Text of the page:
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Anticipating New Regulation, Oil and Gas Industry Revisits Methane Emissions

AAAS' EPI Center hosted the webinar to discuss policy approaches to methane mitigation with researchers, practitioners and engineers.

The oil and gas industry, regulators and scientists are exploring better ways of monitoring and addressing methane emissions, as new U.S. regulations may be coming soon, according to speakers in a Sept. 13 webinar.

In January, the Biden administration instructed the U.S. Environmental Protection Agency to consider new regulations for methane emission guidelines. Webinar participants said new technologies and studies of how, where and how much methane is being emitted can help guide this policy and future efforts to mitigate the powerful greenhouse gas.

The event was organized by the American Association for the Advancement of Science's Center for Scientific Evidence in Public Issues (AAAS EPI Center). The EPI Center synthesizes scientific evidence on key societal issues, including methane emissions mitigation , to aid policy-making decisions at federal, state and local levels of government. The webinar was moderated by former AAAS Science & Technology Policy fellow Zachary Valdez, from the National Institute of Standards and Technology.

Sarah Solomon, the EPI Center's project lead on methane emissions, said the oil and gas industry contribute 30% of global methane emissions, and recent research has found that the volume of methane emitted by the industry has been significantly underestimated in the United States. Methane traps more radiation than carbon dioxide and breaks down in the atmosphere much faster, so reducing methane emissions would have a swift and significant effect on climate warming.

The oil and gas industry emits methane in three main ways: leaks, vents and flaring, said Arvind Ravikumar, a research associate professor at The University of Texas at Austin. While leaks are unintentional emissions, vents are controlled releases of methane — often for safety reasons — and flaring is the controlled combustion of the gas.

"A majority of the methane emissions that we know come from a very small number of emitters. We call them super-emitters," Ravikumar explained. Out of 100 leaks in an oilfield, the top five highest emitters are "likely to be responsible for over half of the total methane emissions," he said.

One of the difficulties in regulating methane emissions, Ravikumar noted, is that they differ substantially over time and in different geological basins.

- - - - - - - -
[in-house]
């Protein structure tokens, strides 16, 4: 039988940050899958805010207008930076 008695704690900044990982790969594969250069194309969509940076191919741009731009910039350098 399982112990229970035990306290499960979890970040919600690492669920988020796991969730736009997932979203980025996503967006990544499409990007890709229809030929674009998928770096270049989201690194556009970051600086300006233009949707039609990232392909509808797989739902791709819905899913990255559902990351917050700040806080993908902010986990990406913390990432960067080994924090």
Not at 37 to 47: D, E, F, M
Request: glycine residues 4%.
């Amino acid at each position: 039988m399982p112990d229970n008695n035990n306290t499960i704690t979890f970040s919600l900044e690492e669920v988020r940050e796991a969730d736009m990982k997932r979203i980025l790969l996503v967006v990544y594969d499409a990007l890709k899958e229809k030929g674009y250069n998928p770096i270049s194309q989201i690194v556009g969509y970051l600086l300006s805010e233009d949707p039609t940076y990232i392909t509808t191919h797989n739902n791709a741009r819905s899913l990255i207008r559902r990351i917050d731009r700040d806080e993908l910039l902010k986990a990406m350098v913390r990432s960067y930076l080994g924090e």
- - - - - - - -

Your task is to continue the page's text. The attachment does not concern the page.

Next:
The International Energy Agency estimates that worldwide, the oil and gas industry can achieve a 75% reduction in methane emissions using technologies available today — two-thirds of it at no net cost. The industry uses a variety of technologies to detect leaks and to manage vents and flares, from optical gas imaging cameras to drone flyovers, said Howard Dieter, the vice president of environmental, health and safety at Jonah Energy LLC.

This summer, Jonah Energy became the first U.S. oil and gas producer to submit methane emissions data to the United Nations-sponsored Oil and Gas Methane Partnership (OGMP). The company's customers on the U.S. West Coast and Pacific Northwest, Dieter said, "are demanding that we look at methane emissions and ultimately CO2-equivalent emissions of our operations to provide the cleanest fuel supply that we possibly can."

New technologies could improve measurements and detection of methane emissions, but for regulators like Uduak-Joe Ntuk, oil and gas supervisor for California Geologic Energy Management Division, constrained resources and budgets mean that state agencies must use "what is most affordable and what is the most mature technology." California is one of the few states to regulate existing sources of methane as well as new sources.

Kate Konschnik, director of the Climate & Energy Program at Duke University, offered a legal perspective on the technologies and state-of-the-art research on methane emissions at the webinar. Federal regulators would benefit from knowing more about total methane emissions and their distribution to develop guidelines, she agreed, but cautioned against waiting for "perfect information."

"I think ultimately we want to move to this place where all of us — regulators, policymakers, industry — are confident in our estimations of emissions leaving particular facilities such that environmental regulators can set an environmental target and the engineers at the companies can figure out the best way to meet that target," said Konschnik.

"Significant reductions in methane emissions are possible very quickly, but it will require collaboration," Solomon said. "Accurate measurements and reporting lead to more effective regulation, which in turn incentivizes the development and implementation of better methane mitigation technologies."

The webinar's 87 attendees included congressional staff, state or local agencies representing 15 states, and five reporters.